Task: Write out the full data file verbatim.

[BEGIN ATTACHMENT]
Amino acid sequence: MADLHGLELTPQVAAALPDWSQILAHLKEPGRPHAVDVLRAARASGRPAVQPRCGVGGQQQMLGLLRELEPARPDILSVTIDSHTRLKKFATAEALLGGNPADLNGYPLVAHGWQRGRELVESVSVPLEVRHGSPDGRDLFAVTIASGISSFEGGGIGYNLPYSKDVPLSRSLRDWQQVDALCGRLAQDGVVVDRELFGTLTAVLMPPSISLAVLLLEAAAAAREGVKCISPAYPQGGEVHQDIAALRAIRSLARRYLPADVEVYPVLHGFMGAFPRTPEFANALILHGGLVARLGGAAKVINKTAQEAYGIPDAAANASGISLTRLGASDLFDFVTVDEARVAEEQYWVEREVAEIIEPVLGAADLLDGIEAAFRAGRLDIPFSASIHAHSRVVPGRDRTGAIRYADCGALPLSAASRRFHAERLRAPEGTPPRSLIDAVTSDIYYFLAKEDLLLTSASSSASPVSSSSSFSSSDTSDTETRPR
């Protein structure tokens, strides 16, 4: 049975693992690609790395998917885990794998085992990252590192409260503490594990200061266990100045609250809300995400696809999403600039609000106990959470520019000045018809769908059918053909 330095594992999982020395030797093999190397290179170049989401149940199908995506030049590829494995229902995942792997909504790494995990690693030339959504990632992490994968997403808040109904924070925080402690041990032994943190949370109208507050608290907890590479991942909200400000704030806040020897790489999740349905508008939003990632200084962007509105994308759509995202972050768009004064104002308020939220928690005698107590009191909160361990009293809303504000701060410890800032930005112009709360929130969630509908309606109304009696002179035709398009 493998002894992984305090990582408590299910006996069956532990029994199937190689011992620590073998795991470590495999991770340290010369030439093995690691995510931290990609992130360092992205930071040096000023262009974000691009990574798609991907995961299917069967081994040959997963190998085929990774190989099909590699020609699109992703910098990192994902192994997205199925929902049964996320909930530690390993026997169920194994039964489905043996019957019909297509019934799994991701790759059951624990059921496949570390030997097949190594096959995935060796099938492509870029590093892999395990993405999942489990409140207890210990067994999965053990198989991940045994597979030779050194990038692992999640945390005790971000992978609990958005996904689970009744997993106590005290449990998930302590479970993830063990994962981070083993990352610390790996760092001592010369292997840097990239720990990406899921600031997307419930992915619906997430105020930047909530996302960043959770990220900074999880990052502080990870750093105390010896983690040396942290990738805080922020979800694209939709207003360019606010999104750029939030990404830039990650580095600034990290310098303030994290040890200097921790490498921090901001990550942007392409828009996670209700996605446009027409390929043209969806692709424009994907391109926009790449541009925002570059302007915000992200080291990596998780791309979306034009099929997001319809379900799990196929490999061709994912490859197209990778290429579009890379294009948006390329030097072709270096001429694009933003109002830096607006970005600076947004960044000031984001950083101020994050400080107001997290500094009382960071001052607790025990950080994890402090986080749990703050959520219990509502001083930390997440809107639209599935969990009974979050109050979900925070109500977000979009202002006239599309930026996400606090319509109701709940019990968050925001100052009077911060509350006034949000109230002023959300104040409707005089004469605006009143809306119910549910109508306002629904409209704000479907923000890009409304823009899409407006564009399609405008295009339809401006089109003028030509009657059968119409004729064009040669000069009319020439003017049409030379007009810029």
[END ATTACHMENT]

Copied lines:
Amino acid sequence: MADLHGLELTPQVAAALPDWSQILAHLKEPGRPHAVDVLRAARASGRPAVQPRCGVGGQQQMLGLLRELEPARPDILSVTIDSHTRLKKFATAEALLGGNPADLNGYPLVAHGWQRGRELVESVSVPLEVRHGSPDGRDLFAVTIASGISSFEGGGIGYNLPYSKDVPLSRSLRDWQQVDALCGRLAQDGVVVDRELFGTLTAVLMPPSISLAVLLLEAAAAAREGVKCISPAYPQGGEVHQDIAALRAIRSLARRYLPADVEVYPVLHGFMGAFPRTPEFANALILHGGLVARLGGAAKVINKTAQEAYGIPDAAANASGISLTRLGASDLFDFVTVDEARVAEEQYWVEREVAEIIEPVLGAADLLDGIEAAFRAGRLDIPFSASIHAHSRVVPGRDRTGAIRYADCGALPLSAASRRFHAERLRAPEGTPPRSLIDAVTSDIYYFLAKEDLLLTSASSSASPVSSSSSFSSSDTSDTETRPR
């Protein structure tokens, strides 16, 4: 049975693992690609790395998917885990794998085992990252590192409260503490594990200061266990100045609250809300995400696809999403600039609000106990959470520019000045018809769908059918053909 330095594992999982020395030797093999190397290179170049989401149940199908995506030049590829494995229902995942792997909504790494995990690693030339959504990632992490994968997403808040109904924070925080402690041990032994943190949370109208507050608290907890590479991942909200400000704030806040020897790489999740349905508008939003990632200084962007509105994308759509995202972050768009004064104002308020939220928690005698107590009191909160361990009293809303504000701060410890800032930005112009709360929130969630509908309606109304009696002179035709398009 493998002894992984305090990582408590299910006996069956532990029994199937190689011992620590073998795991470590495999991770340290010369030439093995690691995510931290990609992130360092992205930071040096000023262009974000691009990574798609991907995961299917069967081994040959997963190998085929990774190989099909590699020609699109992703910098990192994902192994997205199925929902049964996320909930530690390993026997169920194994039964489905043996019957019909297509019934799994991701790759059951624990059921496949570390030997097949190594096959995935060796099938492509870029590093892999395990993405999942489990409140207890210990067994999965053990198989991940045994597979030779050194990038692992999640945390005790971000992978609990958005996904689970009744997993106590005290449990998930302590479970993830063990994962981070083993990352610390790996760092001592010369292997840097990239720990990406899921600031997307419930992915619906997430105020930047909530996302960043959770990220900074999880990052502080990870750093105390010896983690040396942290990738805080922020979800694209939709207003360019606010999104750029939030990404830039990650580095600034990290310098303030994290040890200097921790490498921090901001990550942007392409828009996670209700996605446009027409390929043209969806692709424009994907391109926009790449541009925002570059302007915000992200080291990596998780791309979306034009099929997001319809379900799990196929490999061709994912490859197209990778290429579009890379294009948006390329030097072709270096001429694009933003109002830096607006970005600076947004960044000031984001950083101020994050400080107001997290500094009382960071001052607790025990950080994890402090986080749990703050959520219990509502001083930390997440809107639209599935969990009974979050109050979900925070109500977000979009202002006239599309930026996400606090319509109701709940019990968050925001100052009077911060509350006034949000109230002023959300104040409707005089004469605006009143809306119910549910109508306002629904409209704000479907923000890009409304823009899409407006564009399609405008295009339809401006089109003028030509009657059968119409004729064009040669000069009319020439003017049409030379007009810029």